The former congressman, who lost his 2018 Senate run, operates a Twitter account filled with the kind of scare-tactic rhetoric that riles up the base (If socialism prevails, America will cease to exist) and his pinned tweet is a photo taken alongside Trump.

10. The Ohio anti-masker who keeps turning up in viral videos where she refuses to comply with public health orders

If a Gadsden flag learned how to operate a smartphone and had a penchant for ginning up faux outrage, this would be the result.

9. Nino Vitale

A member of the Ohio House of Representatives whose inflammatory, questionably sourced social media posts make it clear he badly wants to be a part of the public conversation.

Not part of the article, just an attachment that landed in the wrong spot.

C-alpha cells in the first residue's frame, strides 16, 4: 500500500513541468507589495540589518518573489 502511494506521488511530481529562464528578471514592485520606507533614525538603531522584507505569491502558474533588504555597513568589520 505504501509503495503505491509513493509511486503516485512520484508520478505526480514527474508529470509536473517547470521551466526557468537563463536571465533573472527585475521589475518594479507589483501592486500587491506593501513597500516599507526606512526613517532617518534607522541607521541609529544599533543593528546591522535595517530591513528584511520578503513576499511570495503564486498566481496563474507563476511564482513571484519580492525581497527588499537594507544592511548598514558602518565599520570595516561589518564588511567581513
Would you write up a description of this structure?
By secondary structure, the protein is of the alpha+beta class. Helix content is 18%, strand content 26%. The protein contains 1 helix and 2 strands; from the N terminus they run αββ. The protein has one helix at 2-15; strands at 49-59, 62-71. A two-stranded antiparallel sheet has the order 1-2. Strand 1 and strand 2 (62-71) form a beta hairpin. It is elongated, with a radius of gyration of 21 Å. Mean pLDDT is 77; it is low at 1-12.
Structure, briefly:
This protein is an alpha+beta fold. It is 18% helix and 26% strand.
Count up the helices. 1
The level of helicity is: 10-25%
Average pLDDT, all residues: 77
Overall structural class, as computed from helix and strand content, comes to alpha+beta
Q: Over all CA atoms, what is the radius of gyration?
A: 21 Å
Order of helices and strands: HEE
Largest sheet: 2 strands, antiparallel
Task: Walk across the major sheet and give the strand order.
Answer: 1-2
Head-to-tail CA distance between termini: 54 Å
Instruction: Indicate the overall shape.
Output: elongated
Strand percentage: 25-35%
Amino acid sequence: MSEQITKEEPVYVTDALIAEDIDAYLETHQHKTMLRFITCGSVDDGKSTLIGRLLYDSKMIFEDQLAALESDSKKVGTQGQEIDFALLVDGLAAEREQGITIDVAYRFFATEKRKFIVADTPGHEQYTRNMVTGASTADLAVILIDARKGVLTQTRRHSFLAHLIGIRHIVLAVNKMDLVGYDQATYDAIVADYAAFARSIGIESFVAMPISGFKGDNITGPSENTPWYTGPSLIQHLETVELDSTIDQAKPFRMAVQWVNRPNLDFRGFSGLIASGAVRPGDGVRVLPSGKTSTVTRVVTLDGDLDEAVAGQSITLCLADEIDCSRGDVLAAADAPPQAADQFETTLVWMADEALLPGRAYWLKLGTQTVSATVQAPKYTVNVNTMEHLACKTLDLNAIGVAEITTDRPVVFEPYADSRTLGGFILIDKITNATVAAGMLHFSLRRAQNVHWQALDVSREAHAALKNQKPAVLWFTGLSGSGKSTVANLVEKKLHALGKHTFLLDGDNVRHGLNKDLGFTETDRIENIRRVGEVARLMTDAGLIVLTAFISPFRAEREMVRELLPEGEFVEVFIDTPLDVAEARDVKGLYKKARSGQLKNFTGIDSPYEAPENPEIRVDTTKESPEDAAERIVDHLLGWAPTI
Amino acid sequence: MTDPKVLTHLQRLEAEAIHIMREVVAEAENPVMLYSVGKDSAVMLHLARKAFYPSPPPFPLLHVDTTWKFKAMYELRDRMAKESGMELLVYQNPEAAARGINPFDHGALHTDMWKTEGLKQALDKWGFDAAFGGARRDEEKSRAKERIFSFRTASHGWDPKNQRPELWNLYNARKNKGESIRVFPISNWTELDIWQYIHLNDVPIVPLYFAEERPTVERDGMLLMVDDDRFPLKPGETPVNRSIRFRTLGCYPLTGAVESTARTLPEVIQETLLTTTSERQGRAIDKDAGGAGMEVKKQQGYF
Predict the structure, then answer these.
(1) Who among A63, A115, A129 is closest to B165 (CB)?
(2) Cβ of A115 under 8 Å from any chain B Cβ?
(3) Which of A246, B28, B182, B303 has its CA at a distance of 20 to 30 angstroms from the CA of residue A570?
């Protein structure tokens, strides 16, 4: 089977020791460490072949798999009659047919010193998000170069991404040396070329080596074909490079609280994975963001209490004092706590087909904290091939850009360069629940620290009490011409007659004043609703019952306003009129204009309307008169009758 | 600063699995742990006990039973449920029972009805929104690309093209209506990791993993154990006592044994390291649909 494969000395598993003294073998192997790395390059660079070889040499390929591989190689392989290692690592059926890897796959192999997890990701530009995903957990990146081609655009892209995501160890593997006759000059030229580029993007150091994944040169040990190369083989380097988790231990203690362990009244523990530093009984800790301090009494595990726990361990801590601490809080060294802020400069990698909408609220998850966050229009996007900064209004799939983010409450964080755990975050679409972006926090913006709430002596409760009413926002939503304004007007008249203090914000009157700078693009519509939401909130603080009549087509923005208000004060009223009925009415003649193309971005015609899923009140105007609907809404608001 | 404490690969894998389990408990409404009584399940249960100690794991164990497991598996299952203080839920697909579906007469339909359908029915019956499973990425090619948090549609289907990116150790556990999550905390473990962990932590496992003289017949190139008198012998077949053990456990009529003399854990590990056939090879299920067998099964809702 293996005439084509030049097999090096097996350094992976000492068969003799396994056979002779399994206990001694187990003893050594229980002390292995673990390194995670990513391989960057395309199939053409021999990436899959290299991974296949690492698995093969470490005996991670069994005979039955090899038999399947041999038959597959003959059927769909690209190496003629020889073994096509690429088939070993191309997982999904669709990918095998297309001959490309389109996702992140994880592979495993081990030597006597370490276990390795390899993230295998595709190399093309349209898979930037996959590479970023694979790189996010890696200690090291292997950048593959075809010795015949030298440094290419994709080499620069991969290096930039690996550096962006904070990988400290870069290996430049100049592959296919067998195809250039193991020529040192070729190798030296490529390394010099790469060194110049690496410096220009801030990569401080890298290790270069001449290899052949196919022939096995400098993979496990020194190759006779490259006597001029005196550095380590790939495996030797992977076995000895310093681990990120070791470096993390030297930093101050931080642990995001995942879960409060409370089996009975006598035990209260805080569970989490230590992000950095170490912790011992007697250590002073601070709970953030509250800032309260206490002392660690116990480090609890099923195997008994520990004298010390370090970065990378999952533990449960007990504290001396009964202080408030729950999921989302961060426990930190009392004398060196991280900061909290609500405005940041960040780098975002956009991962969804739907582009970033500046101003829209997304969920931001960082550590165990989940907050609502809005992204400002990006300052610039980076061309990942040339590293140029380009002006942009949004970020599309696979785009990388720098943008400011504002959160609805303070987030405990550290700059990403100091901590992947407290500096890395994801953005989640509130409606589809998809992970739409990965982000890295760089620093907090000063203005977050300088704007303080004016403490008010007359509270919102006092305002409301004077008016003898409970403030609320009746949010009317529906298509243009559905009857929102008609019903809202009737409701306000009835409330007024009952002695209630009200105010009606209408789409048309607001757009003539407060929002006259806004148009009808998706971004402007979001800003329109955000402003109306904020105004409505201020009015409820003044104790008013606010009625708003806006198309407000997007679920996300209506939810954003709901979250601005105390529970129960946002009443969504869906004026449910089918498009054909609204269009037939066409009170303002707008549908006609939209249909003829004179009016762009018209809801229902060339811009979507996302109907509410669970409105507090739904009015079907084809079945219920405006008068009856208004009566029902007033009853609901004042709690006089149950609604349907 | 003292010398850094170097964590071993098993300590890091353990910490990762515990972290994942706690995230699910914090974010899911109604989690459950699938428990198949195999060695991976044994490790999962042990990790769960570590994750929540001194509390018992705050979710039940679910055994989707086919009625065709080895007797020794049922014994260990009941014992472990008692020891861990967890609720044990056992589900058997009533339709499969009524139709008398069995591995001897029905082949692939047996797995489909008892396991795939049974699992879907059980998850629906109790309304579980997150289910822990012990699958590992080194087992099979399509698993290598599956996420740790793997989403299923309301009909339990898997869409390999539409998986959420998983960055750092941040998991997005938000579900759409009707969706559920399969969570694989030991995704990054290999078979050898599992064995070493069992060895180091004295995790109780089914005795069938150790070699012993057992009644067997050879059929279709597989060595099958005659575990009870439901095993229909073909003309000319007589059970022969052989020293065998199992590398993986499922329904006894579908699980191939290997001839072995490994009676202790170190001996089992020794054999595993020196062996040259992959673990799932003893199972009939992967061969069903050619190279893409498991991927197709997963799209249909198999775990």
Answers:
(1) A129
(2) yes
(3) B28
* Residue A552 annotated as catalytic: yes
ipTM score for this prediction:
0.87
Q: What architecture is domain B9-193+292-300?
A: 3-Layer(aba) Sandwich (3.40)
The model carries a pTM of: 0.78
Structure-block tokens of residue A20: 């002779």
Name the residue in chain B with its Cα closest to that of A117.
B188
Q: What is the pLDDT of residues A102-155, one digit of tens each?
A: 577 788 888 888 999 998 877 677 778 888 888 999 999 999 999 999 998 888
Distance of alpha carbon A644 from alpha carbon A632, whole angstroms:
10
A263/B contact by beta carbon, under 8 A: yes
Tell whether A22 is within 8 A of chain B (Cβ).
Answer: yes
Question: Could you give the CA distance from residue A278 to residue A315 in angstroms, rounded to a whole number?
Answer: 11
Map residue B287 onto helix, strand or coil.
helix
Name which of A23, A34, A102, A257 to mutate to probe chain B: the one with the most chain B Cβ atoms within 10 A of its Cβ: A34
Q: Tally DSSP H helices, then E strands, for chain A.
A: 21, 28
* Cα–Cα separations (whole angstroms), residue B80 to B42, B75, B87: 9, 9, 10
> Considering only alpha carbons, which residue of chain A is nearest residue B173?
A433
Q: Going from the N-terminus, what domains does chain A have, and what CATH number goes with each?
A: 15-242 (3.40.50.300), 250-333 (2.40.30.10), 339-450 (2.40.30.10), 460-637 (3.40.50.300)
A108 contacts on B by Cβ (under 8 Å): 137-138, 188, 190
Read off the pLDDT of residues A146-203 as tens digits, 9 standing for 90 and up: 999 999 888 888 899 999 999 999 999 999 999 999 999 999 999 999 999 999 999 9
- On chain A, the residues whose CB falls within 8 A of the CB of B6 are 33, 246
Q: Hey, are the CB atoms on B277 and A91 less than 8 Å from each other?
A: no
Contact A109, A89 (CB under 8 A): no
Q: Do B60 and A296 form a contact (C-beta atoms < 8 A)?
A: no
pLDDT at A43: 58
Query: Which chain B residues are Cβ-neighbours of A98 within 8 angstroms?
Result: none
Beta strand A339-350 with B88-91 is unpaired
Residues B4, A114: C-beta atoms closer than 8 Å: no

8. TownHall owner Bobby George

Like Trump, George has a contentious relationship with the media and an apparent aversion to masking up.

7. Larry Householder

The former Speaker of the House won his recent election in a landslide despite his July arrest on a corruption charge, so the skys the limit.

6. Ken Blackwell

The former Ohio State Treasurer and current conservative columnist has proudly picked up the sad Stop the Steal banner, taking to Twitter to share conspiracy theories and outright falsehoods supporting Trumps continuing refusal to concede.

5. That viral photo of the open Ohio protesters

This era-defining image from Dispatch photographer Joshua A. Bickel arguably captures the point at which DeWine softened his stance on COVID, which leaves the photo incredibly well-positioned to outflank the governor from the right.

4. Candice Keller

A run for the office feels sadly inevitable. Fortunately, so does a loss.